“1. That the judgment herein was delivered by Honourable Learned Justice Said J. Chitembwe on 29th day of May 2013 and applicant (sic) are apprehensive which apprehension is real that the Respondent may take out execution any time.

2.That the applicant herein has an arguable appeal with good chances of success.

3. That the intended appeal would be rendered nugatory unless a stay of execution herein is granted.

4. That the balance of convenience lies in favour of the applicant.”

The respondent opposed the application vide a short replying affidavit sworn by him on 18th July, 2013, in which he stated that the application lacks merit; is frivolous and vexatious and does not meet the mandatory requirements for the grant of the orders sought. He added that the balance of convenience was in his favour and that the application has been overtaken by events but did not explain what facts give rise to that deponement.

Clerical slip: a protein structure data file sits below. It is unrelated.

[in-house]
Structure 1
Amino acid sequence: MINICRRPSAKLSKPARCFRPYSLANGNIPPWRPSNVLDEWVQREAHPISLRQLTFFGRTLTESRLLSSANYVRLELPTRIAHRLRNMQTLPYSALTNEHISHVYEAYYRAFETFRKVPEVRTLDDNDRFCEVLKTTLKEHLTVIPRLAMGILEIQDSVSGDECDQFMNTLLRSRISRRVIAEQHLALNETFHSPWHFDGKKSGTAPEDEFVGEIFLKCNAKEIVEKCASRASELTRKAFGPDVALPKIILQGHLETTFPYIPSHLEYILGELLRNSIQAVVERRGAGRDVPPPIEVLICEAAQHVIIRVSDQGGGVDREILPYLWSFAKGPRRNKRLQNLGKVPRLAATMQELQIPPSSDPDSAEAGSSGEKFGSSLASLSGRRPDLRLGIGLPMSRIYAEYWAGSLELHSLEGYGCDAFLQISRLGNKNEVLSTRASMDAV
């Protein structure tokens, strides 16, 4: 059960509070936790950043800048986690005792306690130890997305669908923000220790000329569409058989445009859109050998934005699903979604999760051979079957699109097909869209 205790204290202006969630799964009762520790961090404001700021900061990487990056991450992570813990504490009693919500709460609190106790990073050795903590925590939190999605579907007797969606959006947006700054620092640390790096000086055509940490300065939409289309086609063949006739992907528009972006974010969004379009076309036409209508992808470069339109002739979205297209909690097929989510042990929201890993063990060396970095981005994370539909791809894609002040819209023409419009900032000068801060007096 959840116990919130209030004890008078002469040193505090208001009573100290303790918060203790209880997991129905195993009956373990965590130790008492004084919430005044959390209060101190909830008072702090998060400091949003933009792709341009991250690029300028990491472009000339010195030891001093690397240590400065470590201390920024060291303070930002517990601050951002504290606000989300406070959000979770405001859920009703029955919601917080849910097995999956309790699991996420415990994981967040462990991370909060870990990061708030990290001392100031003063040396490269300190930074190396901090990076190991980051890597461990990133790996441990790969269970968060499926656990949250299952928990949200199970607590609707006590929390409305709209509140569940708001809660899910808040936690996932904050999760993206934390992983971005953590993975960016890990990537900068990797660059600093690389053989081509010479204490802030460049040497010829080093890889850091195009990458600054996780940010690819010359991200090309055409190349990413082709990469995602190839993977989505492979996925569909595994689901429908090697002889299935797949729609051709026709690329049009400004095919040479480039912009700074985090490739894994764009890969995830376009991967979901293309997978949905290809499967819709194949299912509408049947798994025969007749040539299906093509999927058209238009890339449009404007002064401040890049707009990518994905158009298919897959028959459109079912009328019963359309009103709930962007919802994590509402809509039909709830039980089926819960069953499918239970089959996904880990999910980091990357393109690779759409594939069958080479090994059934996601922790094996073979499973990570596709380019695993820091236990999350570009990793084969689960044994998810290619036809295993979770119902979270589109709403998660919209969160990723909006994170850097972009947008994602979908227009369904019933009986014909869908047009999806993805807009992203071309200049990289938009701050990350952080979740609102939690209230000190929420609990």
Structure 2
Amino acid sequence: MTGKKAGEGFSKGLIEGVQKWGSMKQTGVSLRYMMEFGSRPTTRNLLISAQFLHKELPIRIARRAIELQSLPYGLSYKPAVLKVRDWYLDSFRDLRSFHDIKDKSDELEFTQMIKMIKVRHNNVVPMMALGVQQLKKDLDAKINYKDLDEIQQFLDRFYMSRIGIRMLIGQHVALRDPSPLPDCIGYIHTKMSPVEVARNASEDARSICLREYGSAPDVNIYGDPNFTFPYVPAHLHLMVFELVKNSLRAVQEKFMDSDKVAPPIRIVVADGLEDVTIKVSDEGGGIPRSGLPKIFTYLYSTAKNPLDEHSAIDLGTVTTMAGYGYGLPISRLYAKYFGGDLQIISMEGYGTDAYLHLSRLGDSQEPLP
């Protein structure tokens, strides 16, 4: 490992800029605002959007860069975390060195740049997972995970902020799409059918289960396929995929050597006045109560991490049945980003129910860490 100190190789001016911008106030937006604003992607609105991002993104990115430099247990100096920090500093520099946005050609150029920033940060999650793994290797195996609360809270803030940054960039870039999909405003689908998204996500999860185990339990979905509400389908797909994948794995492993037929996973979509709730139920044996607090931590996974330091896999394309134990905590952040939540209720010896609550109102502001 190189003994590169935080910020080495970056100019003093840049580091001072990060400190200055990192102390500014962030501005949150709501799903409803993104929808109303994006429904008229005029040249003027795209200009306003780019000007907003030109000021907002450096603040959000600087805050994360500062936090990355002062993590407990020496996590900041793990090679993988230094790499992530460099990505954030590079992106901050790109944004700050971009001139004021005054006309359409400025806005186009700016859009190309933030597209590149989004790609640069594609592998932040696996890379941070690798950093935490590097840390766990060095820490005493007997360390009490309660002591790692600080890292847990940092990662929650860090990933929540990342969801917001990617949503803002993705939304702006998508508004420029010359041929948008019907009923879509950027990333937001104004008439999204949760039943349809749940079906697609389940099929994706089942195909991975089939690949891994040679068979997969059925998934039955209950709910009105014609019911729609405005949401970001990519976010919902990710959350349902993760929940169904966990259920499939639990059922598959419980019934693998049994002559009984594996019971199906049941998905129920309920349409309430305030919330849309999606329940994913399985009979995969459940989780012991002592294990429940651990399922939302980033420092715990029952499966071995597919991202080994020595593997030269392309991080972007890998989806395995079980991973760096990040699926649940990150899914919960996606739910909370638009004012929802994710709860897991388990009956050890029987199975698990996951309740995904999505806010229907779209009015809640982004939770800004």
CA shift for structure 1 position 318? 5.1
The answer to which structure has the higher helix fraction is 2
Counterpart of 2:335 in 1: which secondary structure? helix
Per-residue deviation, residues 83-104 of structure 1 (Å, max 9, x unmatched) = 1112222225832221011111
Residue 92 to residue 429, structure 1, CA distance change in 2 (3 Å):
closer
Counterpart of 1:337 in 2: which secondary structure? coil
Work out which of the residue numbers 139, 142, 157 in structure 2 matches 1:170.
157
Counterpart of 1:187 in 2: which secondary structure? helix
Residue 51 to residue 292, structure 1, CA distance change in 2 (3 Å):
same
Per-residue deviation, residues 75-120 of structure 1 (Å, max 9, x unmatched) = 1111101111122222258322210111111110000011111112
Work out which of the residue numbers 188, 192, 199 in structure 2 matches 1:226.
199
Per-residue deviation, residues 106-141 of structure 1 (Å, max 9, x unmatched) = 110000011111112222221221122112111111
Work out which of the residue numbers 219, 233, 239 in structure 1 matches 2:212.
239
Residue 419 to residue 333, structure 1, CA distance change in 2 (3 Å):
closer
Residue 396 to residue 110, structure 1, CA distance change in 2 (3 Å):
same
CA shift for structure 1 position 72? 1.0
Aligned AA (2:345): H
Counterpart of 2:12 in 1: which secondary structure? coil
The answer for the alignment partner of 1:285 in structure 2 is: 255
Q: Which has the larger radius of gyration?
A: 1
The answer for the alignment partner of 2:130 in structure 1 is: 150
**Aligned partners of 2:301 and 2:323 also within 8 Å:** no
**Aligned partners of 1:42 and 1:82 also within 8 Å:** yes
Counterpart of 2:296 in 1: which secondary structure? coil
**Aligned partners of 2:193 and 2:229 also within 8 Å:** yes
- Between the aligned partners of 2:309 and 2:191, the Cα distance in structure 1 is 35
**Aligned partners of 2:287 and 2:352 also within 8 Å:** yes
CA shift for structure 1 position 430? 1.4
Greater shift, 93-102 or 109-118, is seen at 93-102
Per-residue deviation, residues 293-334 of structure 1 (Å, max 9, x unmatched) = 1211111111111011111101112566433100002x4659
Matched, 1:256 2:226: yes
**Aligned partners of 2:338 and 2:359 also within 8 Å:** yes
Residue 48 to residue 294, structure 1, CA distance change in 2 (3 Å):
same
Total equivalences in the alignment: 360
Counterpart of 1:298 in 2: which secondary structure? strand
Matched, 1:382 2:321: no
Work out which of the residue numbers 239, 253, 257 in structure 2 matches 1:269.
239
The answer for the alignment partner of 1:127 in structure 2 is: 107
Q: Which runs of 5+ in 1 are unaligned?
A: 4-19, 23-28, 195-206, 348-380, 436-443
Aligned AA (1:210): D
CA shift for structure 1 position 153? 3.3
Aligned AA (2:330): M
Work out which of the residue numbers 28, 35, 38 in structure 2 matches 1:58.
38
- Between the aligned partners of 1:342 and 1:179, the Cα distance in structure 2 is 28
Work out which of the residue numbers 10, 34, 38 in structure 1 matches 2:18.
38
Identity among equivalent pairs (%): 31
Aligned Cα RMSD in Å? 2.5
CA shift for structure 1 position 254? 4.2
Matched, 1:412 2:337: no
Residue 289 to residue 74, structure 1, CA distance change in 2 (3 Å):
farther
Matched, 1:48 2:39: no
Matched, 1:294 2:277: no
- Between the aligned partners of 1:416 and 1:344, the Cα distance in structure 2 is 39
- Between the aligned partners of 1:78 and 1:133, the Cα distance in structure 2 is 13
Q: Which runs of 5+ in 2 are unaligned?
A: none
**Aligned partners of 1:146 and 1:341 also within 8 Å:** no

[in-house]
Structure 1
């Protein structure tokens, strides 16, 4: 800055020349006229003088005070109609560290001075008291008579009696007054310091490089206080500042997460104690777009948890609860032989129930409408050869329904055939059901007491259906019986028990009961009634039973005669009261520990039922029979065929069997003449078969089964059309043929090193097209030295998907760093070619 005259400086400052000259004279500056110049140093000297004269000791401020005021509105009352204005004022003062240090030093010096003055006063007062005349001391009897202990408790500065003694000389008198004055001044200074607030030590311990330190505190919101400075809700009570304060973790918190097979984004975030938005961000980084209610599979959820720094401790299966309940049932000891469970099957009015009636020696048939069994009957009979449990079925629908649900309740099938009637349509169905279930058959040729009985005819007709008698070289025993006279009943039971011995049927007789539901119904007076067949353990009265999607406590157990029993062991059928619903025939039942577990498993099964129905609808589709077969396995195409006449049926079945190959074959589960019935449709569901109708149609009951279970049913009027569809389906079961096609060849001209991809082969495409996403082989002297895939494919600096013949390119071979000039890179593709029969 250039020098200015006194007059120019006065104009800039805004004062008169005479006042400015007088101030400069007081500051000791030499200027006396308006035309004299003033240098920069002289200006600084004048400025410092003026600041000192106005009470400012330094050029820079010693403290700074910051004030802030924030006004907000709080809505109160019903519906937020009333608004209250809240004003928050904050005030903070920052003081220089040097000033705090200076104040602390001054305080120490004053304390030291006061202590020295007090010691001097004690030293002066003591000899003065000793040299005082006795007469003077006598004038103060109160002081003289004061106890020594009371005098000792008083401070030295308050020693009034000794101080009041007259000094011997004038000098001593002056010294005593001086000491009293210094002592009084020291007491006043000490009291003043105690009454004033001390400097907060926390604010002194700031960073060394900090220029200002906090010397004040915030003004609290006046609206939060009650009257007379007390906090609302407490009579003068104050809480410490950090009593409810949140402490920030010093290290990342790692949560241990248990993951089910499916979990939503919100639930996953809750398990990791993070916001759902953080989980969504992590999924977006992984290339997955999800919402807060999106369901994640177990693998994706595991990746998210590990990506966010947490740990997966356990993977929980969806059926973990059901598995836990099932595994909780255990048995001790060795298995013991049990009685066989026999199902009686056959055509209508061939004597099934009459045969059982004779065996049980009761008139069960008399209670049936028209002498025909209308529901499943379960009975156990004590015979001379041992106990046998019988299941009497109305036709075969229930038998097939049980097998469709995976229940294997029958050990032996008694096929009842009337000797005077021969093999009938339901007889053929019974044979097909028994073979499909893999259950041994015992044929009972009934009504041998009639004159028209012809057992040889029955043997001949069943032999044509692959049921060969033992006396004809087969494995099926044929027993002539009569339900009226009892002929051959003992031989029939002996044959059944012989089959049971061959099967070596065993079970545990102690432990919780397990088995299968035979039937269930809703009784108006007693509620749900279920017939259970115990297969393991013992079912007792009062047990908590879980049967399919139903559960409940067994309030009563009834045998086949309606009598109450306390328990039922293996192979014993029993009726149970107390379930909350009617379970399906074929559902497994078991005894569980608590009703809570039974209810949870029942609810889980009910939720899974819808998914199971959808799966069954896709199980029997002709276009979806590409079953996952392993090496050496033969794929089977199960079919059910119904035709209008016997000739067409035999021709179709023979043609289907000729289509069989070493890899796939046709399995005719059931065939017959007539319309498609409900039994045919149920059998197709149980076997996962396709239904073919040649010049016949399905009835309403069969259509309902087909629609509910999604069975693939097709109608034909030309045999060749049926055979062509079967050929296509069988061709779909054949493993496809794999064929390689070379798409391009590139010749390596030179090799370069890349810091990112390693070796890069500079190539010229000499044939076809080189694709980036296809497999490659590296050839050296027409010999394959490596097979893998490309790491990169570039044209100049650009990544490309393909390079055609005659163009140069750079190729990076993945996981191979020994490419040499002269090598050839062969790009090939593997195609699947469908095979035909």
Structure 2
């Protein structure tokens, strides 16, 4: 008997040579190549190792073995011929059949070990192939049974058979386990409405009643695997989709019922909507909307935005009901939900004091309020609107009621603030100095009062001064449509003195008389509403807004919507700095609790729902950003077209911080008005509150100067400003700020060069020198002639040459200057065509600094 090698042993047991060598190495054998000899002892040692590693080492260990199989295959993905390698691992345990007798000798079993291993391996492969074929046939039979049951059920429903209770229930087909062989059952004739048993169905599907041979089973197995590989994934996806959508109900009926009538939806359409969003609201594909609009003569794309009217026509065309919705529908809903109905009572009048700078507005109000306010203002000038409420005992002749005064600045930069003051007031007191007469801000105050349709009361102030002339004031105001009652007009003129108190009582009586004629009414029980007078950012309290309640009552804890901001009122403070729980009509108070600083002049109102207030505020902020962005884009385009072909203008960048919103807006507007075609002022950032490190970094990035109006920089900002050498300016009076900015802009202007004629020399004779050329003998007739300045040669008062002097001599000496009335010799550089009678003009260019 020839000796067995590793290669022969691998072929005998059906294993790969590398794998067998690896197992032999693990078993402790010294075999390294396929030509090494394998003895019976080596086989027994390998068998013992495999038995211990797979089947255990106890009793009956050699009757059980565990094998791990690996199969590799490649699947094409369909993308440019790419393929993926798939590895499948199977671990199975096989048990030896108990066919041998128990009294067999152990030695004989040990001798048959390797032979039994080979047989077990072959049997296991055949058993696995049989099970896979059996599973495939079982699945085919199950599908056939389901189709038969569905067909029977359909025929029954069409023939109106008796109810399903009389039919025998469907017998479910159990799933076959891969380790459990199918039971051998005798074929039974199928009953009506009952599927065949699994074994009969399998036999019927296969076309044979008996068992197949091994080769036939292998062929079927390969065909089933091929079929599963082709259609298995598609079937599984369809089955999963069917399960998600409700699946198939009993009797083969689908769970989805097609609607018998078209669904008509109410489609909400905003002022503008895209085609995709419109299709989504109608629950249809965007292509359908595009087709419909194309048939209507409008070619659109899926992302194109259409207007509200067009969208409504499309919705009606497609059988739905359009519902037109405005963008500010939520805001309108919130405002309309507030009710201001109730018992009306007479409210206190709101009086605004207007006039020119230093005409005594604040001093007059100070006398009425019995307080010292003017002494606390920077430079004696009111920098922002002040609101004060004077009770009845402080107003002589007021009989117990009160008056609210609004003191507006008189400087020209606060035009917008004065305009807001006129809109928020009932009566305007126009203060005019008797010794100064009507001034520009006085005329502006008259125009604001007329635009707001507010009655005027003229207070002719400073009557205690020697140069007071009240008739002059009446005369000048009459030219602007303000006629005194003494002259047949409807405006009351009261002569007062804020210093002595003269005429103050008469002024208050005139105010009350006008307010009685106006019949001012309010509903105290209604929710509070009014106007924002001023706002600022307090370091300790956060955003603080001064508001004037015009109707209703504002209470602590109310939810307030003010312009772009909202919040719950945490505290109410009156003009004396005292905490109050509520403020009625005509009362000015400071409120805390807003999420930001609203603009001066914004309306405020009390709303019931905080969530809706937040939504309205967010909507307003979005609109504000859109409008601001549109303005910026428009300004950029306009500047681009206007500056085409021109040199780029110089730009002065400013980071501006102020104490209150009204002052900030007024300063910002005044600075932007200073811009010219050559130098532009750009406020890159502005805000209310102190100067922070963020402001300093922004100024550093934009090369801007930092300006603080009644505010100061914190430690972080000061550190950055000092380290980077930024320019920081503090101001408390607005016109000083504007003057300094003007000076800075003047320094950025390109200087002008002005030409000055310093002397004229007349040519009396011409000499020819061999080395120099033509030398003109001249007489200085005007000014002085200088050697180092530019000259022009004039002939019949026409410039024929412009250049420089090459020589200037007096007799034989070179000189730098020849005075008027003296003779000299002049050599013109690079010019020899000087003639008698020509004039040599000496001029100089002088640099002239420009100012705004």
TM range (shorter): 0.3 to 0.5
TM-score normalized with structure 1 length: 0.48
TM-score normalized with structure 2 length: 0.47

Before us, Mr. Ojienda learned counsel for the applicant urged us to grant the application referring us to the Memorandum of Appeal annexed to the record and submitting that the appeal already filed was arguable and if the orders sought are not granted, the success of the appeal would be rendered nugatory. Neither the respondent nor his advocate appeared for hearing though the advocate was duly served with the hearing notice.

The application is brought pursuant to Rule 5 (2) (b) of this Courts Rules. The Principles for granting a stay of execution, an order of injunction or an order of stay of further proceedings under Rule 5 (2) (b) of the Rules of this Court are well known – see cases of Butt v. Rent Restriction Tribunal (1982) KLR 417; JK Industries v. Kenya Commercial Bank Ltd and another (1987) KLR 506. In the case of Johnsons Wax (EA) Limited v. John Mbai Mburu and two others - Civil Application No.NAI 99 of 2005 (33/2005 UR) this Court stated:-

“In exercising its unfettered discretion, the Court must be satisfied that the appeal or intended appeal is an arguable one, that is, that it is not frivolous, and that if an order of stay or injunction as the case may be, is not granted the appeal or the intended appeal would have been rendered nugatory by the refusal to grant the stay or injunction sought,”